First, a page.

In Lies My Teacher Told Me: Everything Your American History Textbook Got Wrong, James W. Loewen finds several problems with how slavery is taught in high schools across the United States. Loewen observes that white Americans remain perpetually startled at slavery. Even many years after high school, white adults are aghast when confronted with the horror and pervasiveness of slavery in the American past. It seems they did not learn, or have quickly forgotten, that George Washington and Thomas Jefferson were among the multitudes of white Americans who owned enslaved Black Americans as their human property.

Loewen surmises the ignorance of white Americans on slavery can be traced back to high school classrooms. History textbooks incorrectly present slavery as an uncaused tragedy and minimize white complicity in the enslavement of Black Americans. Students are meant to feel sadness for the plight of four million enslaved Black persons in 1860, but not anger toward the approximately 390,000 white slaveowners because these slaveowners, and their unjust actions, do not appear in the pages of the textbooks.

Since Loewen published his book in 1995, there have been strides to improve the teaching and learning on slavery. One notable example is the introduction of lesson plans based on the 1619 Project from the New York Times in middle and high school classrooms in Baltimore, Buffalo, Chicago, Newark, Washington, D.C., and other cities. Yet, the backlash against a more comprehensive curriculum on slavery, which is most visible in President Trump’s recent call for a “1776 Commission” to directly challenge the pedagogy of the 1619 Project, reveals the need for an assessment of how theological schools are engaging these educational debates around slavery.

As I reflect on my experiences as a theological student and educator, I am concerned seminary classrooms are also failing to provide instruction that properly captures the totality of white Christian involvement in slavery and anti-Black racism. The perpetual shock in some white congregations over some basic historical facts about slavery is alarming. One pernicious myth I encounter is the notion that most white Christians in the antebellum period were abolitionists pushing for the immediate emancipation of enslaved Black persons. This is simply not true. Very few white Christians held this position and there was little support for immediate emancipation in the Baptist, Episcopalian, Methodist, and Presbyterian denominations.

Many white Christians in the southern states defended slavery so vigorously that some Black and white abolitionists identified white churches as the most impenetrable strongholds against their cause. Benjamin Morgan Palmer, a white Presbyterian pastor in New Orleans who previously taught at Columbia Theological Seminary, preached in 1860 that slavery was a providential trust that whites must preserve and perpetuate because the natural condition of Black Americans was servitude. Palmer mocked northern abolitionists for thinking that Black Americans could survive alongside whites as equals. Palmer was neither reviled nor rebuked for his white supremacist views. Rather, he was widely celebrated and elected to serve as the first moderator of the newly formed Presbyterian Church of the Confederate States of America in 1861.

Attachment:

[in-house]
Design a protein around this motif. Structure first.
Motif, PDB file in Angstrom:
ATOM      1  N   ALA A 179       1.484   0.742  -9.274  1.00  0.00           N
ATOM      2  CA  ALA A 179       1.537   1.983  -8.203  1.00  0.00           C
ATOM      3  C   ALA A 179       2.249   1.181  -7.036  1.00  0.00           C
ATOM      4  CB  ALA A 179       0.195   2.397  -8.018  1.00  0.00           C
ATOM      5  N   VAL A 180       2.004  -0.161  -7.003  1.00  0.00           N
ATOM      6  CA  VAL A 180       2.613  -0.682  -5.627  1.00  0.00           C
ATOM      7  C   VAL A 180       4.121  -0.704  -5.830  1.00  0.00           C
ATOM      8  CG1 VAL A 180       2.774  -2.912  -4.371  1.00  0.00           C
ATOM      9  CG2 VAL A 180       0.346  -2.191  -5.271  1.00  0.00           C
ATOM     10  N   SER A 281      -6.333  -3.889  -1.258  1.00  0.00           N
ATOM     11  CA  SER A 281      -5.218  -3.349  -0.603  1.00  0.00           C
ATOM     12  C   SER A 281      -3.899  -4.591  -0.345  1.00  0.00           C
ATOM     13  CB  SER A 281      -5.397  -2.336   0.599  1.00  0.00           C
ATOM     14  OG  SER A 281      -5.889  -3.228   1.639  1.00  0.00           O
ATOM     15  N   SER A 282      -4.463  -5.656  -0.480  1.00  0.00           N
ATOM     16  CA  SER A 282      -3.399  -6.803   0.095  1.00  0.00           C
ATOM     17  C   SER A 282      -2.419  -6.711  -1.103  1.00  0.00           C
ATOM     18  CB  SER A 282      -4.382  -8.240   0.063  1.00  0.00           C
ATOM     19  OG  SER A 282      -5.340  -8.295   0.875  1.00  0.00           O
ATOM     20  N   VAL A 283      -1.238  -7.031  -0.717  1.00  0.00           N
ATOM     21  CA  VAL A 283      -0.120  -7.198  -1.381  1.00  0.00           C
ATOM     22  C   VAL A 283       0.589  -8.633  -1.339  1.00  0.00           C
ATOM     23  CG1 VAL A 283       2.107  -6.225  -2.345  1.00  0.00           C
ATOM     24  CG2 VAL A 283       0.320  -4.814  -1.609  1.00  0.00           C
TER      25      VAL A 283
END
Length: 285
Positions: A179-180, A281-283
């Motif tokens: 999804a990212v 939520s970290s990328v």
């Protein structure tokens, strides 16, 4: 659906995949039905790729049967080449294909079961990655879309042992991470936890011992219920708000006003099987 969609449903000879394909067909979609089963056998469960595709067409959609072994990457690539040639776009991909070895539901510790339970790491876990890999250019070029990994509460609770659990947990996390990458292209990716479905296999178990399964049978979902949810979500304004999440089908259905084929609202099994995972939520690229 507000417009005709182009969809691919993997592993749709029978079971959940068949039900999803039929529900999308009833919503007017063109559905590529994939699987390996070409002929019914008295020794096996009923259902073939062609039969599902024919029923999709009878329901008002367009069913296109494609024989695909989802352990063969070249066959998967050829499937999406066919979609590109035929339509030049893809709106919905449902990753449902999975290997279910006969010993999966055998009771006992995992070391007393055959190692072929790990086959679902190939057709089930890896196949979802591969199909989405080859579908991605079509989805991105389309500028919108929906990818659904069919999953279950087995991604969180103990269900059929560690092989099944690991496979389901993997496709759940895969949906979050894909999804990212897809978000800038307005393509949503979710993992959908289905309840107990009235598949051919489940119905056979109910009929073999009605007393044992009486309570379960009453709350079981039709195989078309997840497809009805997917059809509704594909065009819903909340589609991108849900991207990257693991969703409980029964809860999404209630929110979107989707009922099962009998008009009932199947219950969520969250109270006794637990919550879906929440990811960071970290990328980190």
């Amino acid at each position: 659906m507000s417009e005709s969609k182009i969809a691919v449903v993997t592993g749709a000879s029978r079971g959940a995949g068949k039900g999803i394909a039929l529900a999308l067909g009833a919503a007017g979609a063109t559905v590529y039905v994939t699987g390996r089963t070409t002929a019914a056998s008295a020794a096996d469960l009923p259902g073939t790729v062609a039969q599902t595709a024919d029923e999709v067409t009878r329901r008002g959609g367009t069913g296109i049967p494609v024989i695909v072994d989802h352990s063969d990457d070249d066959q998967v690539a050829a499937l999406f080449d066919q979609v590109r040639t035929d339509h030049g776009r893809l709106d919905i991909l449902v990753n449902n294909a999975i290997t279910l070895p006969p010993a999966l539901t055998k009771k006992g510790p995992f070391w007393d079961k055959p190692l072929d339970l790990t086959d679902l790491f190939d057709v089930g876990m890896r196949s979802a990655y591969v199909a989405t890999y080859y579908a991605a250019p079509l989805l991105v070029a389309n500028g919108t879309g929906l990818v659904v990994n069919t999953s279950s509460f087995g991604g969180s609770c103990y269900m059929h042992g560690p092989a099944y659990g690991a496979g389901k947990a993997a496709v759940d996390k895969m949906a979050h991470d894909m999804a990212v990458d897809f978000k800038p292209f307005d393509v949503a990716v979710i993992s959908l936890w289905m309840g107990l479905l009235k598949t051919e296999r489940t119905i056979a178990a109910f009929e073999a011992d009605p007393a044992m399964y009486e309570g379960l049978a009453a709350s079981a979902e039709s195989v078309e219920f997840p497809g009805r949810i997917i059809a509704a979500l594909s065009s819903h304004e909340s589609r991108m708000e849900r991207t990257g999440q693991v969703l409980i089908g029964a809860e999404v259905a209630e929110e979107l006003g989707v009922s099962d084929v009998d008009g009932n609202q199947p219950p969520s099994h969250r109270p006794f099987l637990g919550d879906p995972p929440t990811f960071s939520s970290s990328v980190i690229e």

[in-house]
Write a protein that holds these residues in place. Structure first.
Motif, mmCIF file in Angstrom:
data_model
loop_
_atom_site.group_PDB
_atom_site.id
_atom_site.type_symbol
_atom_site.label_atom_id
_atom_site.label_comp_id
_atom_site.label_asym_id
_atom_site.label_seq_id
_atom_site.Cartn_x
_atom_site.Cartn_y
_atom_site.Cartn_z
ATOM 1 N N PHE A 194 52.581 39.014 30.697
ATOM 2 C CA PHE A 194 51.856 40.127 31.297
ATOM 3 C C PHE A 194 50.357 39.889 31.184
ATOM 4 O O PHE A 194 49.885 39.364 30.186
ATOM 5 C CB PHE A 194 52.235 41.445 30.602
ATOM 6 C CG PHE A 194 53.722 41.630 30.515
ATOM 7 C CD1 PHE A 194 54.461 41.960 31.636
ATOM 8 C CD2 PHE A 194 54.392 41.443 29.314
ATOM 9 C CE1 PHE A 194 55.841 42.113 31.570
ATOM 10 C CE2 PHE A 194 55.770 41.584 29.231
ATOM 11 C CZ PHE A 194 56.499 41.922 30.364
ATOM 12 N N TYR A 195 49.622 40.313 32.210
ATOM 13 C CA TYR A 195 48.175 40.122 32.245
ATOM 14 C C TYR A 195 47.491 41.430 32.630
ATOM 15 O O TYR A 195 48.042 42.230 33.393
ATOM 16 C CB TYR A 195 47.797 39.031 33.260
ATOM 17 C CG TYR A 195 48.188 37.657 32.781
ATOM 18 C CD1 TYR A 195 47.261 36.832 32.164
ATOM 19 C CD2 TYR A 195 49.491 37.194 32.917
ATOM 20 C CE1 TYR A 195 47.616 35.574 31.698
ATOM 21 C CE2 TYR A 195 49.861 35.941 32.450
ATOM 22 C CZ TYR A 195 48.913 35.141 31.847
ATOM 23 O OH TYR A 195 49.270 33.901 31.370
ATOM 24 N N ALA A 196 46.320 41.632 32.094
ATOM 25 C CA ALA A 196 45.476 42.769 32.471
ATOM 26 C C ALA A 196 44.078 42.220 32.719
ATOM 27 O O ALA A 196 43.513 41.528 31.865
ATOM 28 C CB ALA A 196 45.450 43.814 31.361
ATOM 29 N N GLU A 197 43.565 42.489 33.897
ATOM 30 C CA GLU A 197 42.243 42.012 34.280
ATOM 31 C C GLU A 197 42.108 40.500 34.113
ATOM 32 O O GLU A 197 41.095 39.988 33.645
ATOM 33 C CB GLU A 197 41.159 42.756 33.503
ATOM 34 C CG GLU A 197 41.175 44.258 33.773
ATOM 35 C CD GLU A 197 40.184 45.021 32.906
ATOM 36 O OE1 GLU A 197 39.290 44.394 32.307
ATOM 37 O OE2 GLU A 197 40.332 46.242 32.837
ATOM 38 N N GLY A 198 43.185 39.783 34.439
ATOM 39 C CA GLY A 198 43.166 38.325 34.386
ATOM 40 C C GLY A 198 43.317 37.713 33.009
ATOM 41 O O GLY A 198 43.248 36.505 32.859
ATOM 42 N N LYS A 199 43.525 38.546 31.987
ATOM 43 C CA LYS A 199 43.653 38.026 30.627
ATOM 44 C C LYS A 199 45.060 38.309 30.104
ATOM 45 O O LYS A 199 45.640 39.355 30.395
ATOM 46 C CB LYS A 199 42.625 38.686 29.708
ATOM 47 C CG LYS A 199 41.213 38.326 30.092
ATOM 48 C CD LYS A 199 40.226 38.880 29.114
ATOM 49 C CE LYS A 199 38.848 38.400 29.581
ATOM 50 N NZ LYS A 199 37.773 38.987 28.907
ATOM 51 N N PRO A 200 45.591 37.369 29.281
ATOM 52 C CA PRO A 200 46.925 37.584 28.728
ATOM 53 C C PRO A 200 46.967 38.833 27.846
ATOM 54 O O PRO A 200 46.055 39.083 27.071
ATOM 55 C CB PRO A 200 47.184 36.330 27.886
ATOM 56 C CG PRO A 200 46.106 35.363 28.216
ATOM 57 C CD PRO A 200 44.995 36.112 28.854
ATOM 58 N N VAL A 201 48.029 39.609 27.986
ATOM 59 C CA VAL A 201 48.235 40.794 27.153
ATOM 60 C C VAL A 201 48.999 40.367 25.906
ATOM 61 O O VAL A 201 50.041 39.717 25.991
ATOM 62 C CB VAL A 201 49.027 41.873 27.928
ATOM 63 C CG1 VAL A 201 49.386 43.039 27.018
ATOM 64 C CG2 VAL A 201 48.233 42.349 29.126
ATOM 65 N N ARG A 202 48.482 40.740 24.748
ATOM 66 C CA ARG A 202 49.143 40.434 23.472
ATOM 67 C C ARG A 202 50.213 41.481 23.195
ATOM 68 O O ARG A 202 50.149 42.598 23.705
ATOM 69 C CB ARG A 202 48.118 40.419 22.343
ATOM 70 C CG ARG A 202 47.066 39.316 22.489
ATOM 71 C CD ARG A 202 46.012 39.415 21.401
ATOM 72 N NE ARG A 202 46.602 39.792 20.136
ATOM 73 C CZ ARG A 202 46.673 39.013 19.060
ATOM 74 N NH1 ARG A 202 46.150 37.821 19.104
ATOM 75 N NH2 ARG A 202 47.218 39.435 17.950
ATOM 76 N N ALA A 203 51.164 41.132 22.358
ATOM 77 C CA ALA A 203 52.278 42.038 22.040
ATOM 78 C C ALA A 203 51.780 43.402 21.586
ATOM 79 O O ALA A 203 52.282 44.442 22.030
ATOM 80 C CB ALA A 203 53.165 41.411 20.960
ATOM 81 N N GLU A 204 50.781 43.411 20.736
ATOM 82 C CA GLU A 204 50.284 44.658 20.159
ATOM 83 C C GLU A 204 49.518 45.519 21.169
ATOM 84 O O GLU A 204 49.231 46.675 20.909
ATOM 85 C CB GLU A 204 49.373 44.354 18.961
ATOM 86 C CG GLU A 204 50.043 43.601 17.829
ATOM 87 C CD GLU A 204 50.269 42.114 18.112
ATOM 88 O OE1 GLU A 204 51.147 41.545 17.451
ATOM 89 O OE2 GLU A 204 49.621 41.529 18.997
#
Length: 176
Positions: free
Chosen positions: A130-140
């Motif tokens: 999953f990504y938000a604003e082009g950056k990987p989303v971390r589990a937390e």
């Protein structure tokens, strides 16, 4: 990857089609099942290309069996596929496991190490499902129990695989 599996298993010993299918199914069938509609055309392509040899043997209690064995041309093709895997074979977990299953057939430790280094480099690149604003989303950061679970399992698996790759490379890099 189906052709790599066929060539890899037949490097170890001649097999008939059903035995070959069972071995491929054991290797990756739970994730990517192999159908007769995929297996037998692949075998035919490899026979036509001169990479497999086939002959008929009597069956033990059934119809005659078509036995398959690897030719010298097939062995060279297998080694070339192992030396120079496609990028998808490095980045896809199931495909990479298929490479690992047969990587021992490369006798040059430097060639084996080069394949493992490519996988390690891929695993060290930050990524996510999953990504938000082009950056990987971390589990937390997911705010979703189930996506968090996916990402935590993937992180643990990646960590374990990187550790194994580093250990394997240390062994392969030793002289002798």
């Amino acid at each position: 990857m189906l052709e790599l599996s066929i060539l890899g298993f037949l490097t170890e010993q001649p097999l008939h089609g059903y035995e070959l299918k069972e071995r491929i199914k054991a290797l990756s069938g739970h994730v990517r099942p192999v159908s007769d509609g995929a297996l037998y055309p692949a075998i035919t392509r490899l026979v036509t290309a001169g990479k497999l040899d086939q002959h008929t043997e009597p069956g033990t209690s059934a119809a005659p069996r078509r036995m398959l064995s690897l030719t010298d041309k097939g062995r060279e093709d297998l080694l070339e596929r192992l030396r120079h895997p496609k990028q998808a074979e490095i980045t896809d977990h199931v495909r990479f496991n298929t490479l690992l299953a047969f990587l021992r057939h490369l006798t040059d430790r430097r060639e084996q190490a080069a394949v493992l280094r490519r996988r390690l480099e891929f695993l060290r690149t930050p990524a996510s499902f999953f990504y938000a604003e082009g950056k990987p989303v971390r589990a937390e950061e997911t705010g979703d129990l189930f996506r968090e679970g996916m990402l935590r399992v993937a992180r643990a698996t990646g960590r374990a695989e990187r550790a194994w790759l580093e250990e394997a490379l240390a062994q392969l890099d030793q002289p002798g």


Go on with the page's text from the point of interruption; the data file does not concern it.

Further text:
Black Christians like Frederick Douglass and Sojourner Truth emphasized the eradication of anti-Black racism as an essential component in their abolitionism. But even white Christian abolitionists in the northern states fell woefully short in their advocacy against anti-Black racism. Archibald Alexander, a white theologian and professor at Princeton Theological Seminary, endorsed the colonization movement to send free Black Americans to Liberia, because he felt the discriminatory contempt white Christians held against Black Americans was too insurmountable to overcome. In 1846, Alexander wrote that anti-Black racism was wrong and unreasonable, but he did not commit to working toward racial equality. Instead of teaching white Christians to repent of their racism and white supremacy, Alexander preferred Black Americans, once emancipated, leave the country and find another home where their skin color would not be despised.

Seminary classrooms may not treat slavery as an uncaused tragedy, but I believe some of our teaching and learning in theological education also minimizes white Christian complicity and misdirects the anger students should feel about slavery. Rather than fully grappling with the histories and legacies of economic exploitation, sexual violence, and virulent anti-Black racism perpetrated by white American Christians, students are left with a neatly packaged lesson on slavery centered on the dangers of deficient biblical interpretation and proof-texting the Scriptures. Such instruction misses a crucial point the abolitionists themselves made, which was to identify and confront the anti-Black racism of white Christians. In 1845, Frederick Douglass differentiated between genuine Christianity and the “corrupt, slaveholding, women-whipping, cradle-plundering, partial and hypocritical Christianity of this land” in his autobiographical narrative. In the ongoing pursuit of racial justice today, our seminary classrooms must also engage in teaching a more complete history of slavery and white American Christianity.